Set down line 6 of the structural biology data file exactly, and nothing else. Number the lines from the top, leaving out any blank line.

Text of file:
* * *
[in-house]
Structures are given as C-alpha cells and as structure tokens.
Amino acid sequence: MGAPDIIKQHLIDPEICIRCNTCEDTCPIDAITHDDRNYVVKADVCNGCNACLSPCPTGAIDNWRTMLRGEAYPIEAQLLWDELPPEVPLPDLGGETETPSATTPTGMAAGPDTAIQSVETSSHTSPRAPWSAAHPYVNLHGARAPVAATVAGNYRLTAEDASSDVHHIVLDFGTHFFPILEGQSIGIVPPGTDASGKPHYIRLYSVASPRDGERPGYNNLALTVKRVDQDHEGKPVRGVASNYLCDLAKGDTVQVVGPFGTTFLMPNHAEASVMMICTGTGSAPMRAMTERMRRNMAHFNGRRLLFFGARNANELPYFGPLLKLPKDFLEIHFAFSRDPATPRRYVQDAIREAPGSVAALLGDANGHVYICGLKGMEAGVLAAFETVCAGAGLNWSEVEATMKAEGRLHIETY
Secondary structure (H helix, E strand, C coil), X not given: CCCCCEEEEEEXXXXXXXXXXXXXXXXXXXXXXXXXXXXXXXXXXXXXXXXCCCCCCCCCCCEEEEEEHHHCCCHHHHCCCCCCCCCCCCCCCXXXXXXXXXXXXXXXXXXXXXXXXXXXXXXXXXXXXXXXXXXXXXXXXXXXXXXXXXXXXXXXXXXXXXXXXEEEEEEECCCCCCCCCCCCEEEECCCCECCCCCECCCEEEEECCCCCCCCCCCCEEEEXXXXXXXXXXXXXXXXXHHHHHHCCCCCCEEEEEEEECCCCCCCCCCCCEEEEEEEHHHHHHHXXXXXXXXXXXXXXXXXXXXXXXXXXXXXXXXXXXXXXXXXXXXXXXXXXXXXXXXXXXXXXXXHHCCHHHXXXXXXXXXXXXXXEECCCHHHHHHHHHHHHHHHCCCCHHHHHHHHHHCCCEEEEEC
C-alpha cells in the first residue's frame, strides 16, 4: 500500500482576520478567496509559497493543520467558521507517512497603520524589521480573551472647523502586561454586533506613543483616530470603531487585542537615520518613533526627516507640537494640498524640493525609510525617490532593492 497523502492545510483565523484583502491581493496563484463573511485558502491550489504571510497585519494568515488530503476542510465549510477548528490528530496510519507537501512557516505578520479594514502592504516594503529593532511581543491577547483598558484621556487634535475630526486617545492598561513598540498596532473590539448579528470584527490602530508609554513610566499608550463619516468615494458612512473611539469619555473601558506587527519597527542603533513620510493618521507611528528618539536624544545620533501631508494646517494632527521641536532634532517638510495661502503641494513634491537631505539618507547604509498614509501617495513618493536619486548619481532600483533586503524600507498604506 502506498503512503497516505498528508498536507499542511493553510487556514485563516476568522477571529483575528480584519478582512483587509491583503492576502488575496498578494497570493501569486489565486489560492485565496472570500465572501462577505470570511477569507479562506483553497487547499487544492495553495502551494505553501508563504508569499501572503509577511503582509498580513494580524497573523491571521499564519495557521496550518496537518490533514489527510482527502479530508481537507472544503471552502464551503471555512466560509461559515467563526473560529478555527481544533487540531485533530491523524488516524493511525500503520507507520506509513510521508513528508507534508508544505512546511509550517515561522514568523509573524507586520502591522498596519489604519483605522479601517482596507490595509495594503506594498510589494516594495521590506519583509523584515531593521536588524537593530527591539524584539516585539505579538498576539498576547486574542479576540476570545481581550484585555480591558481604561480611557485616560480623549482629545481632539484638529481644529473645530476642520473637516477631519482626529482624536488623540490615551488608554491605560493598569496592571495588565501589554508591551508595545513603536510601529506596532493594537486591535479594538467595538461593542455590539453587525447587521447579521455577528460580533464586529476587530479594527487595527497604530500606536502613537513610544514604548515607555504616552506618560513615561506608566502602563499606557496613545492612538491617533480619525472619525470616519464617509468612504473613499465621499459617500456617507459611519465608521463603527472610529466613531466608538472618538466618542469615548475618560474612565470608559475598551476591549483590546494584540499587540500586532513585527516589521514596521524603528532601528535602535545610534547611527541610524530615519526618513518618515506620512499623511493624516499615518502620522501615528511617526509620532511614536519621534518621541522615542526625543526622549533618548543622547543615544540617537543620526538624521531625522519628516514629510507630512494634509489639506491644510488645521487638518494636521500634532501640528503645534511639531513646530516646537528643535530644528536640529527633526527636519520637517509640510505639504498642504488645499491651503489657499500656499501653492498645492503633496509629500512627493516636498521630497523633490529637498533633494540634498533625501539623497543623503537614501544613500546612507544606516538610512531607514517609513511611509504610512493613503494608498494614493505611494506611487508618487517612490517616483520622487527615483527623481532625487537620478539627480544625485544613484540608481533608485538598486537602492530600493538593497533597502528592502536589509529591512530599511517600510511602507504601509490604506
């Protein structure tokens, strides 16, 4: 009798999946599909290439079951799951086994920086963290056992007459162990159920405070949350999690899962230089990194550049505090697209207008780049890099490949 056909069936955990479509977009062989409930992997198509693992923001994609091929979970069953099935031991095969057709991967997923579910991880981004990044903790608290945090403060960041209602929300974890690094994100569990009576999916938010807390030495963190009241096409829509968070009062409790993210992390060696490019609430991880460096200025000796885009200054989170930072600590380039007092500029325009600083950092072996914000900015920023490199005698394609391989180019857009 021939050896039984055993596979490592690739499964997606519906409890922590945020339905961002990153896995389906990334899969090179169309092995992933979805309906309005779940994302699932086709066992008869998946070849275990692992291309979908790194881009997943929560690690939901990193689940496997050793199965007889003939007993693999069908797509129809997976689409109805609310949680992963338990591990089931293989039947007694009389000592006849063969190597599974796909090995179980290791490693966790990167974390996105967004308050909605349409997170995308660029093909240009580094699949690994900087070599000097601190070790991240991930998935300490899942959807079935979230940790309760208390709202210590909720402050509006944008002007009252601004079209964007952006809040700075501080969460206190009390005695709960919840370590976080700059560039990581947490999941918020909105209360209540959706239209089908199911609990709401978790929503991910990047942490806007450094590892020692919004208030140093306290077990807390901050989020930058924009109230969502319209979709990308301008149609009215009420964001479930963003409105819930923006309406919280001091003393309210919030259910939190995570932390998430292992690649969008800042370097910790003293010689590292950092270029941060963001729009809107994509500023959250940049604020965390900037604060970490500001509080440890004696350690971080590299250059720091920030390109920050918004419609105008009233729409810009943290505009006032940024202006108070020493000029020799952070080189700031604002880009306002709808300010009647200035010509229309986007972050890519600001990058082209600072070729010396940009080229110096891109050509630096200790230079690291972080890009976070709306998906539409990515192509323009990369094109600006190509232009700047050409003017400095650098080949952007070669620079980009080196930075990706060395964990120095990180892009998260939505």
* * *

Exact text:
């Protein structure tokens, strides 16, 4: 009798999946599909290439079951799951086994920086963290056992007459162990159920405070949350999690899962230089990194550049505090697209207008780049890099490949 056909069936955990479509977009062989409930992997198509693992923001994609091929979970069953099935031991095969057709991967997923579910991880981004990044903790608290945090403060960041209602929300974890690094994100569990009576999916938010807390030495963190009241096409829509968070009062409790993210992390060696490019609430991880460096200025000796885009200054989170930072600590380039007092500029325009600083950092072996914000900015920023490199005698394609391989180019857009 021939050896039984055993596979490592690739499964997606519906409890922590945020339905961002990153896995389906990334899969090179169309092995992933979805309906309005779940994302699932086709066992008869998946070849275990692992291309979908790194881009997943929560690690939901990193689940496997050793199965007889003939007993693999069908797509129809997976689409109805609310949680992963338990591990089931293989039947007694009389000592006849063969190597599974796909090995179980290791490693966790990167974390996105967004308050909605349409997170995308660029093909240009580094699949690994900087070599000097601190070790991240991930998935300490899942959807079935979230940790309760208390709202210590909720402050509006944008002007009252601004079209964007952006809040700075501080969460206190009390005695709960919840370590976080700059560039990581947490999941918020909105209360209540959706239209089908199911609990709401978790929503991910990047942490806007450094590892020692919004208030140093306290077990807390901050989020930058924009109230969502319209979709990308301008149609009215009420964001479930963003409105819930923006309406919280001091003393309210919030259910939190995570932390998430292992690649969008800042370097910790003293010689590292950092270029941060963001729009809107994509500023959250940049604020965390900037604060970490500001509080440890004696350690971080590299250059720091920030390109920050918004419609105008009233729409810009943290505009006032940024202006108070020493000029020799952070080189700031604002880009306002709808300010009647200035010509229309986007972050890519600001990058082209600072070729010396940009080229110096891109050509630096200790230079690291972080890009976070709306998906539409990515192509323009990369094109600006190509232009700047050409003017400095650098080949952007070669620079980009080196930075990706060395964990120095990180892009998260939505």